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The lesson of my health scare...

Since my health scare thoughts about my health have become all consuming. I have also been trying to make sense of my life. I understand more than most that bad things happen to good people—saints and sinners alike. While I haven’t allowed myself to dwell on “why me”, I have struggled to resume my life.

Nothing in my life feels like it did before my hospitalization. Even my clothes feel ill fitting.

After leaving the hospital I struggled with picking out an outfit. I felt strange donning my normal attire. As desperately as I wanted to “get back to normal” I found it impossible to return to normal when my experience had changed me forever. Putting on my clothes made me feel like I was an impostor--masquerading as a normal girl.

Since leaving the hospital I have learned that the severity of my infection could have caused me to lose my limbs, have permanent organ damage, or even die. Every time I look at my hands and legs I am convinced of how blessed I am to be walking, talking, and writing. My ability to do basic tasks like urinate with ease is somewhat of a miracle.

I have learned that recovery takes time. I go through my daily activities in somewhat of a conscious fog. I am absolutely overwhelmed by the magnitude of my blessings. I am so overwhelmed that I am constantly on the verge of tears. When people ask me how I am, and I how I feel about missing the marathon, I struggle to answer without gushing about my miracle, full of joy and tears.

Because I am me, I avoid having mascara streaming down my face in public at all costs. Accordingly, I have mastered the art of the socially acceptable answer. My standard response is, “I am doing better every day.” While that response is truthful, it doesn’t begin to express how I feel. In many ways I feel dishonest. The truth is, I want to exclaim at the top of my lungs, with tears of joy, that I feel extraordinarily blessed that God spared me from long term damage.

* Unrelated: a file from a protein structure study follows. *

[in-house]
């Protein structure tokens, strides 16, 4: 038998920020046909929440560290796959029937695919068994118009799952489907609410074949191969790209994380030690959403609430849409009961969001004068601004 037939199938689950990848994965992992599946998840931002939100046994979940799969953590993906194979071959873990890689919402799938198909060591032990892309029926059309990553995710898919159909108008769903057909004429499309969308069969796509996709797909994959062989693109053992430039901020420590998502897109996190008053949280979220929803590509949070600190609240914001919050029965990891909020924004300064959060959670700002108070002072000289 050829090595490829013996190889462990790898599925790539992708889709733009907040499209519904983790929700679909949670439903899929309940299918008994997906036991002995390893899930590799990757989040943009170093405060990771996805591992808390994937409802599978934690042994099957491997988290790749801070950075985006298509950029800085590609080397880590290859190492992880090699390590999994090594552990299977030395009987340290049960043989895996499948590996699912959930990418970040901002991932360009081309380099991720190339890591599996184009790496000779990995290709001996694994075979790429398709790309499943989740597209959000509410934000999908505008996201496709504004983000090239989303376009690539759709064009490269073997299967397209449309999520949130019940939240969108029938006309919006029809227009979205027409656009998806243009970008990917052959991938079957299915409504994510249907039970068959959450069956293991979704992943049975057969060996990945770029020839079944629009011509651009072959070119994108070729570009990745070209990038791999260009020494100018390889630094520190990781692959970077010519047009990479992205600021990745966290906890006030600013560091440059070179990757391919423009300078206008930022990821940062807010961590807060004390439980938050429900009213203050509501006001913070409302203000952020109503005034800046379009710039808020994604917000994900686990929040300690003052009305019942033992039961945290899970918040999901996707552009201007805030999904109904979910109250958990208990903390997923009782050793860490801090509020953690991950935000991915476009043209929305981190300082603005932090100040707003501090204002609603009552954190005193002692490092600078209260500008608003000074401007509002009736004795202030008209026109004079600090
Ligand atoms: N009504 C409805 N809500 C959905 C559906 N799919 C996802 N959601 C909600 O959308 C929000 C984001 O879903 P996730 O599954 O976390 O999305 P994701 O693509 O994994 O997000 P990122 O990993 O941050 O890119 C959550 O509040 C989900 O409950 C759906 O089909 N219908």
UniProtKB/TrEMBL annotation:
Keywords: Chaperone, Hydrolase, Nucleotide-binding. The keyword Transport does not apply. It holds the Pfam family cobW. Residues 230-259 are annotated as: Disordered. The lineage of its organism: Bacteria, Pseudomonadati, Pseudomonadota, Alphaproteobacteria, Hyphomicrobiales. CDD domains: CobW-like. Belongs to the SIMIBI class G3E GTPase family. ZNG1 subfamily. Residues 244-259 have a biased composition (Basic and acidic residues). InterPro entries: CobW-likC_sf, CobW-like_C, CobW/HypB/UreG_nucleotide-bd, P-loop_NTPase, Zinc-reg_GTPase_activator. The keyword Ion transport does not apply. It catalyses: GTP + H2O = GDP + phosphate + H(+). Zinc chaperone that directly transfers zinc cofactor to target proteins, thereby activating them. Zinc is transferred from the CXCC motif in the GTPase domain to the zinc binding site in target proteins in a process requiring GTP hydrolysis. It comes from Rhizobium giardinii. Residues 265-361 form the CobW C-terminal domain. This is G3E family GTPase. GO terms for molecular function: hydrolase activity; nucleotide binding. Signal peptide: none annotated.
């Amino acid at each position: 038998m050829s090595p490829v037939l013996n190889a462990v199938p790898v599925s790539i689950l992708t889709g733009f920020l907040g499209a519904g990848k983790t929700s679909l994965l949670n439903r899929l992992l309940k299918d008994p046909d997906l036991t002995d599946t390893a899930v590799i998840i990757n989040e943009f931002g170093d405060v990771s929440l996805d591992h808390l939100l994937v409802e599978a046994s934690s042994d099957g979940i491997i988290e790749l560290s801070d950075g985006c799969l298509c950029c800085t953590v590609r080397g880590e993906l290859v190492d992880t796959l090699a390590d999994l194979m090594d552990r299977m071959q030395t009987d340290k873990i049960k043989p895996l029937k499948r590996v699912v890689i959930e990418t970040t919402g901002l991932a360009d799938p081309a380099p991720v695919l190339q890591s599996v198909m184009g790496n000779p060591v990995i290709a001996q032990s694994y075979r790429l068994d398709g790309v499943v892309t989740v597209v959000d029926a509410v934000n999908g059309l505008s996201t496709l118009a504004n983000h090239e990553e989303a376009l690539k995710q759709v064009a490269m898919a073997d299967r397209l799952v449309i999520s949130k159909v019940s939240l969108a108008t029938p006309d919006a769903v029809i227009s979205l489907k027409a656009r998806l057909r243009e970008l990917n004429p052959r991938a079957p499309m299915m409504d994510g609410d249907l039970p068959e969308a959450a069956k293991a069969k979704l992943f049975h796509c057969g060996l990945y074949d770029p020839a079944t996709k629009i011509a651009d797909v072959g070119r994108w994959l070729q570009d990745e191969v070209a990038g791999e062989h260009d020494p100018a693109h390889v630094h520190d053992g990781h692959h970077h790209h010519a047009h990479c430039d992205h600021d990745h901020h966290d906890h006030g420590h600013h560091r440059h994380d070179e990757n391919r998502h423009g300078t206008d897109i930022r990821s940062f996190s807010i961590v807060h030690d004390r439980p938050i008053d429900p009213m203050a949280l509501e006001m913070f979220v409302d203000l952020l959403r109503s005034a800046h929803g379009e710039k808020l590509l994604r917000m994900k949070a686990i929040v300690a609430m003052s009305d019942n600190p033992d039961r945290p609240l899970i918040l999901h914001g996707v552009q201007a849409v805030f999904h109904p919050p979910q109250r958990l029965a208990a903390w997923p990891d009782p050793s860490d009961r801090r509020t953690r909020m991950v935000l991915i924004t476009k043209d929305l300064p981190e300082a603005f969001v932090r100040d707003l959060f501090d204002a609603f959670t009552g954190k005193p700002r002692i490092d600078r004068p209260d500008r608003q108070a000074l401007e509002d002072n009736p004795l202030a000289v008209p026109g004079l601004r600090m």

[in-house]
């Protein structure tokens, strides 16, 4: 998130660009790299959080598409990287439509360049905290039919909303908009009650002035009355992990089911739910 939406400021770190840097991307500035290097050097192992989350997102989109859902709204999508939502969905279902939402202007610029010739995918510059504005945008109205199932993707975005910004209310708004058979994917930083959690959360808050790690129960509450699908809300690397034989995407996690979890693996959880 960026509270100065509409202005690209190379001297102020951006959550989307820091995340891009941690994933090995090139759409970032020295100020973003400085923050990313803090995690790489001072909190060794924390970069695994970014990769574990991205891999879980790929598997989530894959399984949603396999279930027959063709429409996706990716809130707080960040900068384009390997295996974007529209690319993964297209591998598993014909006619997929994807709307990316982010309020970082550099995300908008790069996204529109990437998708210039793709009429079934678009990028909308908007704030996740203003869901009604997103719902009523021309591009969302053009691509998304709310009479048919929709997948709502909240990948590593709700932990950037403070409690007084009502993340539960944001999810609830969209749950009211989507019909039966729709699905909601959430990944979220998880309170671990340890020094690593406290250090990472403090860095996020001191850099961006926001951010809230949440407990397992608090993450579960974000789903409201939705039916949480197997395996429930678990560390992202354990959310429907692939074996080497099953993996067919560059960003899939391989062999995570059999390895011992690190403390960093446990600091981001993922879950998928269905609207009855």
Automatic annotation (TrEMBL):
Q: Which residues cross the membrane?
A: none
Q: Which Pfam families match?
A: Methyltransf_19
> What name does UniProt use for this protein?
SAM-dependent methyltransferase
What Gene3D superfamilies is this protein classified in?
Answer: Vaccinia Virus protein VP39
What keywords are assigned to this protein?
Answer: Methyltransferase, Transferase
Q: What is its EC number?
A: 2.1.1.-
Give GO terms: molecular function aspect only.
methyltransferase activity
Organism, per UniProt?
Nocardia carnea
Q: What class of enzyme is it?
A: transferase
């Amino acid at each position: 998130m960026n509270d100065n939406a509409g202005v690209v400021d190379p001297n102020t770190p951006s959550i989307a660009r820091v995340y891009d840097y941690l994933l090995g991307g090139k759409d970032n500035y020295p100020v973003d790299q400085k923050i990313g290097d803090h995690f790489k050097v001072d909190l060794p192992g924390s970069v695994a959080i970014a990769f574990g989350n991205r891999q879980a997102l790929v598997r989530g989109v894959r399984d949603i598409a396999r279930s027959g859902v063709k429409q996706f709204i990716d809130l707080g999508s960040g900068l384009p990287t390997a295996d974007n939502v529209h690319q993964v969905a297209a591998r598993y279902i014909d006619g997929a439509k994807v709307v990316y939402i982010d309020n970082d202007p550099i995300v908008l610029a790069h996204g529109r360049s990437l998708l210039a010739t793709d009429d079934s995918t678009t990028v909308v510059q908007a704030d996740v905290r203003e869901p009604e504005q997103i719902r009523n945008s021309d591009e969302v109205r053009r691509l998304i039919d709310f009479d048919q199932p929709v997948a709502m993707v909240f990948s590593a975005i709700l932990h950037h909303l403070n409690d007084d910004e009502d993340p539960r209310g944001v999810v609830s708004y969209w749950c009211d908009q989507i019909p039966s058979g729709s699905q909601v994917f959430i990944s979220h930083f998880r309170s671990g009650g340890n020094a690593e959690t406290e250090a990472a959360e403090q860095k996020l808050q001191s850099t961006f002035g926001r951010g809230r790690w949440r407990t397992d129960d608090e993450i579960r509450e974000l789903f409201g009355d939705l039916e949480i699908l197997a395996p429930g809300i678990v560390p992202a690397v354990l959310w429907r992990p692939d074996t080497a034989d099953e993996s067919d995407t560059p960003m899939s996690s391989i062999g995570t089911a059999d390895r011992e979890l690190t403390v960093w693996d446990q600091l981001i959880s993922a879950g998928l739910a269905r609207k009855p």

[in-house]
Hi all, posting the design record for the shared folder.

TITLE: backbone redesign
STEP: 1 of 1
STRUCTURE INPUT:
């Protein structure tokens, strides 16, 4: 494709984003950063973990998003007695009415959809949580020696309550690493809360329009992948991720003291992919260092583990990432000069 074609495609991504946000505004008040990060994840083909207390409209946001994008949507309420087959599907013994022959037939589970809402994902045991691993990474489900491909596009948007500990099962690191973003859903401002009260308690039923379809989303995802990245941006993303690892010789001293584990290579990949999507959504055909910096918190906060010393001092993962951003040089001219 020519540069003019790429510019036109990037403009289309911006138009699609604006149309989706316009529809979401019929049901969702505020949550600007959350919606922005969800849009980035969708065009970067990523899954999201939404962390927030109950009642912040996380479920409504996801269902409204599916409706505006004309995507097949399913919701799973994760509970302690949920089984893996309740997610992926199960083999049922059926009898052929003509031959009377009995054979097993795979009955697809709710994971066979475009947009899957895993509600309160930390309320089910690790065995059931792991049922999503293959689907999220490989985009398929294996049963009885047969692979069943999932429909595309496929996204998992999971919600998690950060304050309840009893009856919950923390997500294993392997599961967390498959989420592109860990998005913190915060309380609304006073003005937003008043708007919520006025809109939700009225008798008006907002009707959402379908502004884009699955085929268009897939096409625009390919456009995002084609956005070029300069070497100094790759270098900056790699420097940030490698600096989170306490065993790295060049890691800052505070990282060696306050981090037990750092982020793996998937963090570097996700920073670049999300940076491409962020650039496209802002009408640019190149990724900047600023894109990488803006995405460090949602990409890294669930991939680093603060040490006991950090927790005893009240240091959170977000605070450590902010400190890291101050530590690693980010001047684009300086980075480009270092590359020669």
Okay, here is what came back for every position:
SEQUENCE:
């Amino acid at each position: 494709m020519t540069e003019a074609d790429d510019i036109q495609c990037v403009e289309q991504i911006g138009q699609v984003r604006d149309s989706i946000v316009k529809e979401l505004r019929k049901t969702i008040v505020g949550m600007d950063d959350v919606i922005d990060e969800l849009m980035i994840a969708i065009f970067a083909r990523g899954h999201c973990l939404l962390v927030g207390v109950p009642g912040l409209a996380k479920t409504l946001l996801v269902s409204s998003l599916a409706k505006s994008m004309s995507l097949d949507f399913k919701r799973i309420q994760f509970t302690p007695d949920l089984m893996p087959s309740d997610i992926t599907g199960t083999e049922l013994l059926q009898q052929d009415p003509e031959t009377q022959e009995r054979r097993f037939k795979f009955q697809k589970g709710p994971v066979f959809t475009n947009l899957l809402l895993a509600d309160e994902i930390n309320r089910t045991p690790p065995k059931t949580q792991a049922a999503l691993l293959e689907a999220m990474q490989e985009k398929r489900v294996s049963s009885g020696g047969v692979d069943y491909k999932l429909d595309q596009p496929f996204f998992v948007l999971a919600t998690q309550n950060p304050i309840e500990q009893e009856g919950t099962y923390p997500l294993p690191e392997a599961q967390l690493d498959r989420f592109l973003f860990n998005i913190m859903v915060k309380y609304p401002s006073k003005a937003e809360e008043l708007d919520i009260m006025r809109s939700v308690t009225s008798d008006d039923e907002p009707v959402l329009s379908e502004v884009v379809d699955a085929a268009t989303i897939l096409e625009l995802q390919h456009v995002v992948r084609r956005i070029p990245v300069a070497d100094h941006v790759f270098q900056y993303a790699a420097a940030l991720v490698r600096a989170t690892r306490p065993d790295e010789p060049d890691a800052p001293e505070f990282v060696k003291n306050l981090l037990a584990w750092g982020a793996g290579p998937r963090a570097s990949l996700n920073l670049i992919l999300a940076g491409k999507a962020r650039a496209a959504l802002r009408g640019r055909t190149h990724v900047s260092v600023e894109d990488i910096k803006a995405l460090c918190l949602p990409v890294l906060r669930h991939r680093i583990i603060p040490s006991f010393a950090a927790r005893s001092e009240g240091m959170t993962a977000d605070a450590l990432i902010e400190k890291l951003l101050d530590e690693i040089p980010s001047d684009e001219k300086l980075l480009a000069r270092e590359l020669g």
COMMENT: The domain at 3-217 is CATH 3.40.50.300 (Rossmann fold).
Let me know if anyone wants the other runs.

I want to tell them that I don't care that I missed the marathon. I want to tell them that even though I tire easily and I am a little weak, I am overjoyed to be able to respond to the question. I want to tell them that I am constantly trying to understand why I was fortunate. However, recognizing that there’s a time and place for tears and emotional disclosures, I hold back.

I am unable to conceal my feelings when I am alone or with close friends. The other night I was with a friend having a light hearted conversation and I jokingly said, “I’m here”. That comment made me cry. I didn’t just cry a few tears. I released a full blown waterfall. It was uncontrollable. The magnitude of my statement hit me. Being “here” was an accomplishment. When I was lying in the ICU I questioned whether I would ever return to my normal life.

According to my doctor, my lab results indicated that I am indeed back to “normal”. I just need to work on increasing my energy level and my strength. I didn’t ask him how long it might take to feel “normal” again. However, perhaps there is nothing wrong about feeling that being “here” is miraculous. Perhaps, that is the lesson my health scare. Indeed, that is the only thing that seems to make sense.
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